On 3rd June 1871 there was an announcement in a newspaper of an auction on Wednesday 14th June 1871 of four Lots all of which appear to be owned by Harris Collings.  The first Lot was what is now The Lion House and was then called the Black Lion and described as –

all that convenient and substantially built Freehold Messuage or Dwellinghouse on the South-west side of Castle Street, Thornbury, now and for the last 18 years used as a Public-house and called the Black Lion, in the occupation of the proprietor Mr Harris Collings.  The House comprises two front parlours, bar large smoking room with room over; kitchen, back-kitchen or brew-house, good underground cellar and five bedrooms with other usual domestic offices; also a large cistern of water with pump. adjoining the house is a newly-erected building 34 feet by 21 feet, easily convertible into a separate Dwelling-house or shop or to other purposes.  There is a carriage- entrance from the street, a well paved yard, coach-house, four stall stable, fowl house, piggery etc, with a most productive garden, the whole presenting a frontage to the street of 69 feet and a depth of 115 feet.  This lot from its eligible situation for business or private purposes, presents an opportunity for occupation or investment seldom met with.”

It does not seem that this house changed hands at this time as Harris Collings still appeared to own it when he died the following month.  It is possible the sale did not take place.  It is not known at this time whether this also applies to the other properties owned by Harris Collings and advertised for sale at the same time which were;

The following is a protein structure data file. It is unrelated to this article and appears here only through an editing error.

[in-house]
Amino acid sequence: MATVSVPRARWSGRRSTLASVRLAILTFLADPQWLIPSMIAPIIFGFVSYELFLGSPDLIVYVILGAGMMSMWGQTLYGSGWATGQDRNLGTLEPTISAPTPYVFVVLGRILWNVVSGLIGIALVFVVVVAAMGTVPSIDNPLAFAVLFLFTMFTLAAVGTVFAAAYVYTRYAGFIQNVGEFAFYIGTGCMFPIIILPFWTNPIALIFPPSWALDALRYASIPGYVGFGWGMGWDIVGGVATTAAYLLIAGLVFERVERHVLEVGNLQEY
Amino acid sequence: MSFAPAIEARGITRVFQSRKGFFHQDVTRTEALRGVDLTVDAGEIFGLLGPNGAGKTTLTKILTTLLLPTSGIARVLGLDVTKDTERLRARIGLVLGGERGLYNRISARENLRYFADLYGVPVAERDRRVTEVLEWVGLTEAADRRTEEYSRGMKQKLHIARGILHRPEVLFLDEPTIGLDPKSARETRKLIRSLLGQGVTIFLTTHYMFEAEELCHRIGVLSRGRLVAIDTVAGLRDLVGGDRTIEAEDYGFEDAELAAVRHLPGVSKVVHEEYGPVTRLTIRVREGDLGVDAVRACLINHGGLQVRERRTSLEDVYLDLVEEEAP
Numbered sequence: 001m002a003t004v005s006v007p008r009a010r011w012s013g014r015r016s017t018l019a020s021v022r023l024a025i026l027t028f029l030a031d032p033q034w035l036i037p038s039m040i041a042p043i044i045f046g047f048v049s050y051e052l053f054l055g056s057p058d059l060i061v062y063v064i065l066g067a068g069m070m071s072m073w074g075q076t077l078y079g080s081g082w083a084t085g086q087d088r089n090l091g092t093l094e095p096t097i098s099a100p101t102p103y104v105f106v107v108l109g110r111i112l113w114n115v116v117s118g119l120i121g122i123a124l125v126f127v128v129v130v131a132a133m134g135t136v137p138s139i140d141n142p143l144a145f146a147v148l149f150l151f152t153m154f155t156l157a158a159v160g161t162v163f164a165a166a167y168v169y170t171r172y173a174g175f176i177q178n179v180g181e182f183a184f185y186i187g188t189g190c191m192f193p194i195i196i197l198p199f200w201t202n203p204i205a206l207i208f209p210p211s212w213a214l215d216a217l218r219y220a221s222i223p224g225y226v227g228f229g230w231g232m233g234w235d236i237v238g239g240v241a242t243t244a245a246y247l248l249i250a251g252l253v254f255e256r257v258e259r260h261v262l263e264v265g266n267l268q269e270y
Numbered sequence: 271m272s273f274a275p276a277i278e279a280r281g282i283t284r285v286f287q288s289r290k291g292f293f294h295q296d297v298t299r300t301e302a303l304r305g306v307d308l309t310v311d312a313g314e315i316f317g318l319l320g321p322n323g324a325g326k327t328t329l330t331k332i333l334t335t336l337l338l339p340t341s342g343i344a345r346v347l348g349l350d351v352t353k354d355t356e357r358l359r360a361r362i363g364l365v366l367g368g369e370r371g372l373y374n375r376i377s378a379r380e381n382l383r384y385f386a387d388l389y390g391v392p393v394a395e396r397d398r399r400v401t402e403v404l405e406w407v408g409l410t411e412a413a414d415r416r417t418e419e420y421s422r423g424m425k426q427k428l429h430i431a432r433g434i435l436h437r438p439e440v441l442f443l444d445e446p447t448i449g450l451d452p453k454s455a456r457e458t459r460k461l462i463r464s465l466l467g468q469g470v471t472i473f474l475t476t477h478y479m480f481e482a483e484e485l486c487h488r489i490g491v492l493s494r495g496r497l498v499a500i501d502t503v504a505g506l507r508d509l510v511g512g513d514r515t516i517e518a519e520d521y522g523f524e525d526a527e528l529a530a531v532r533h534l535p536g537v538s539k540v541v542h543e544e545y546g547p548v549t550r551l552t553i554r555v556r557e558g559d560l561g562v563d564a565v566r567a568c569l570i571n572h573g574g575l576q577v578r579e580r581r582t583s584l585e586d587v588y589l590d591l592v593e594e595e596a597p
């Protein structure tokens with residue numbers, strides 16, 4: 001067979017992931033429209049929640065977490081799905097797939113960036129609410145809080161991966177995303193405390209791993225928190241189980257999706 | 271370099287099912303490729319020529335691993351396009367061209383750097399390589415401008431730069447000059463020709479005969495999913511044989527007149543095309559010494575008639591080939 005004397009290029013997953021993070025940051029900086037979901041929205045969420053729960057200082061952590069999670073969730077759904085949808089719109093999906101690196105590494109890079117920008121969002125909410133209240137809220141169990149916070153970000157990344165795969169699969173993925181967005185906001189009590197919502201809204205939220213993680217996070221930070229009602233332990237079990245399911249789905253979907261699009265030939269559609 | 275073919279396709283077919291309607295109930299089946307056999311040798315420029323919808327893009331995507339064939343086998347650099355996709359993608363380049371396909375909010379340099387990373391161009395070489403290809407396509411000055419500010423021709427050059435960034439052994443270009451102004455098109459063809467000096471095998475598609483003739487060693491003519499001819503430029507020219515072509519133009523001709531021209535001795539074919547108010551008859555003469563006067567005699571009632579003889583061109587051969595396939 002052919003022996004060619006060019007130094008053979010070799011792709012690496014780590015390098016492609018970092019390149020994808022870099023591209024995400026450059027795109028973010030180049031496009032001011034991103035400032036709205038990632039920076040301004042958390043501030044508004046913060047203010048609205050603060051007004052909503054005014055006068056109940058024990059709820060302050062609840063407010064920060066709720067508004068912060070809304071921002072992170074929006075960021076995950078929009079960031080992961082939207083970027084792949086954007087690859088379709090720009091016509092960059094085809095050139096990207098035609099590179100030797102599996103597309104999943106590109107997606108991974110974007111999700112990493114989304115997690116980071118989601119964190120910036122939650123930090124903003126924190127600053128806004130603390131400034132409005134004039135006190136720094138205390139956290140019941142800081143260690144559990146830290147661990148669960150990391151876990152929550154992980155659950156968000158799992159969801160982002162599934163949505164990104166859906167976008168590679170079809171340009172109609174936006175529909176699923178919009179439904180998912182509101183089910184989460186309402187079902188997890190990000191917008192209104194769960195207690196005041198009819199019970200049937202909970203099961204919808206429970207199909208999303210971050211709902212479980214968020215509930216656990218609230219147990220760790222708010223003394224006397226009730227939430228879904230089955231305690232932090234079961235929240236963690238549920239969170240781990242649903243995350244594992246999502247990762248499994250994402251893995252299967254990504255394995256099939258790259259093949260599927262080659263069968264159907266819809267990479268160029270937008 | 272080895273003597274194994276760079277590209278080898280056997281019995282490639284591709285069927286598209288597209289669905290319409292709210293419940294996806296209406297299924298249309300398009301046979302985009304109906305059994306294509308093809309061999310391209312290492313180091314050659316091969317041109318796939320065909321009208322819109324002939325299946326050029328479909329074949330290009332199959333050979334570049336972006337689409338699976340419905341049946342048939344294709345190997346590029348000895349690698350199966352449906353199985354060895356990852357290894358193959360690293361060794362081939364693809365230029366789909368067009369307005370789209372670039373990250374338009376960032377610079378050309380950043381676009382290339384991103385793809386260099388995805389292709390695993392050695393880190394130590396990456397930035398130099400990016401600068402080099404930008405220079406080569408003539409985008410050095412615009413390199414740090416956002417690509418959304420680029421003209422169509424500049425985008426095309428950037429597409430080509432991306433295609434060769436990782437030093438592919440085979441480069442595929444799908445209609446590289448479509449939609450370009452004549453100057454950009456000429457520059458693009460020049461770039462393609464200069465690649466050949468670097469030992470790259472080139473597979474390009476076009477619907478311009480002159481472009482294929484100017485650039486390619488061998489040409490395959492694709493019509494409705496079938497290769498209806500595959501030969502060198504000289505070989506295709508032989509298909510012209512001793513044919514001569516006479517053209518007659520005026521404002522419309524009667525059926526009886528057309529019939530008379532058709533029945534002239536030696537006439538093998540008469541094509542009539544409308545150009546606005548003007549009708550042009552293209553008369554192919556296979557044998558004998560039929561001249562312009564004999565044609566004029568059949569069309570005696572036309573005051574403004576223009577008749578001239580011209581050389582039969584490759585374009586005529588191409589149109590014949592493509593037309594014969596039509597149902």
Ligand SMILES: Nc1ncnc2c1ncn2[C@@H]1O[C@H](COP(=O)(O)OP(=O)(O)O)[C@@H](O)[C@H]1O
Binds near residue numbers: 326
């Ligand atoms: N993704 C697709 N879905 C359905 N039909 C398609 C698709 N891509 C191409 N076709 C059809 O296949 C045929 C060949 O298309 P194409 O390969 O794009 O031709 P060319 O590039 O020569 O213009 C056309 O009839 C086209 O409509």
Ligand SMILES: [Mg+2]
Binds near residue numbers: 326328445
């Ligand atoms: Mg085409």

1) A house in the High Street near the railway station that was about to be erected with a shop, a parlour, three bedrooms and a small garden. (This was the house later known as 46 High Street).

2) A house with a shop in the market place of the High Street occupied by John Marshall a boot and shoe seller.  The house had two parlours, five bedrooms kitchen and workshops a brewhouse and a garden. This is now 14 High Street

3) the adjoining house to 2) with a shop, a parlour, four bedrooms, workshop, kitchen and back kitchen and courtyard in the occupation of Samuel Smith a tailor. The last two houses shared a drive way to a back entrance.

On September 7th 1867 Harriet Fletcher Collings married Henry Eley in Bristol Register Office.  Henry Eley was the son of James Eley of Berkeley and the grandson of James Eley who lived on The Plain in Thornbury.  Henry was a saddler in Bristol.

When Harris Collings died suddenly and intestate on the 4th of July 1871 aged 53, he left a widow Harriet and three daughters.  The daughters were Harriet Fletcher Eley, Elizabeth Harriet Collings of Thornbury, spinster, and Louisa Jane Collings of Thornbury, spinster, co-heiresses at Law.  Letters of administration were granted to Harriet, the widow, on the 11th of September 1871.  Knowing that it would have been the wish of Harris Collings to make a will in favour of his wife and not desiring to avail themselves of their rights as co-heiresses his daughters agreed to have the property conveyed to trustees with power to sell at any time during the lifetime of his widow, with her written consent, and after her death, at the discretion of the trustees.  On the 20th of March 1872 Henry Eley, the son-in-law, and James Virgo of Thornbury, auctioneer, were appointed trustees.